The Impact of Bankruptcy on Child Support in Florida

Bankruptcy may be used to discharge a variety of debts. Usually, a child support obligation does not go away just because an individual files for it. In fact, filing for bankruptcy may not even offer individuals a stay on making current or future payments. It also does not provide individuals an ability to wipe away any past due payments that are owed to the child's other parent.

However, the need to file for bankruptcy may indicate that there has been a change in a parent's financial status. This may make it possible to have a current order modified. It is important to note that this still does not take away that parent's obligation to pay past due support under the terms of the other order.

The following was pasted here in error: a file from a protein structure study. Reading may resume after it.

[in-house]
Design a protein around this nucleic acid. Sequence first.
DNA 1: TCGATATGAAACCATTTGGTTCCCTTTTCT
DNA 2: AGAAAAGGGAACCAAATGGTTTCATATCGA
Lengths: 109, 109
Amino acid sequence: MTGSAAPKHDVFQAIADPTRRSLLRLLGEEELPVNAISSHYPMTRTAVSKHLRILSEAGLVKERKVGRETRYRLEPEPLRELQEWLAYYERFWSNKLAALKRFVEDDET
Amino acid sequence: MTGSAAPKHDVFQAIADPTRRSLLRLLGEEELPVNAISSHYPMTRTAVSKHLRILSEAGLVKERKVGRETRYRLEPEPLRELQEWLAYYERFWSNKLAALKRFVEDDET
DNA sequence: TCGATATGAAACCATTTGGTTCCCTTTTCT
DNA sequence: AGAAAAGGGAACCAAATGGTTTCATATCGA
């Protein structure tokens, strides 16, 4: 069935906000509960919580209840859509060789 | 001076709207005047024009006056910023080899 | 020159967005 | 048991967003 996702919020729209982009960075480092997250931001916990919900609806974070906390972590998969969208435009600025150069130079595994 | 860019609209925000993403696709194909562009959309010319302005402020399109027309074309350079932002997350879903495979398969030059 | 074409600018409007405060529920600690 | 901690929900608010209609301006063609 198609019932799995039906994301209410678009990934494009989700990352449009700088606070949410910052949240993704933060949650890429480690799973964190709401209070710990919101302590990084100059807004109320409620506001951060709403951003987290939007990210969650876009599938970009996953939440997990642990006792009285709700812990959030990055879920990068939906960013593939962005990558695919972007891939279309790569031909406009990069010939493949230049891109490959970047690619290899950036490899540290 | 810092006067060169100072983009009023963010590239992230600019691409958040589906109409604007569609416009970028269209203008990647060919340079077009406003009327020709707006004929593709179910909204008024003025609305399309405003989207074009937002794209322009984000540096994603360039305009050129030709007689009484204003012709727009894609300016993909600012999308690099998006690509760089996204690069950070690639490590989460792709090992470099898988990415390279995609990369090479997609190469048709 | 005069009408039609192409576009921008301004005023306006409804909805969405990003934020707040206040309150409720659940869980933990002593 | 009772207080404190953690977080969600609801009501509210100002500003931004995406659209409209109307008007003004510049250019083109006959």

Those who are thinking about filing for bankruptcy should know that they may not be able to discharge other debts related to the care of their children. For instance, paying for a child to receive medical care may be a debt that cannot be discharged through either Chapter 7 or Chapter 13 bankruptcy. Therefore, it may be more beneficial to work out other payment arrangements as individuals may be limited in their options to handle debts related to the care of their children.

If a child's parents get divorced, it is common for one parent to be ordered to pay child support to the other. The amount of support owed is generally determined by a parent's income as well as other factors contained in state guidelines. An attorney may be able to explain a parent's rights and obligations before and after an order has been issued. Legal counsel may also be useful if a parent fails to make payments as ordered by a judge.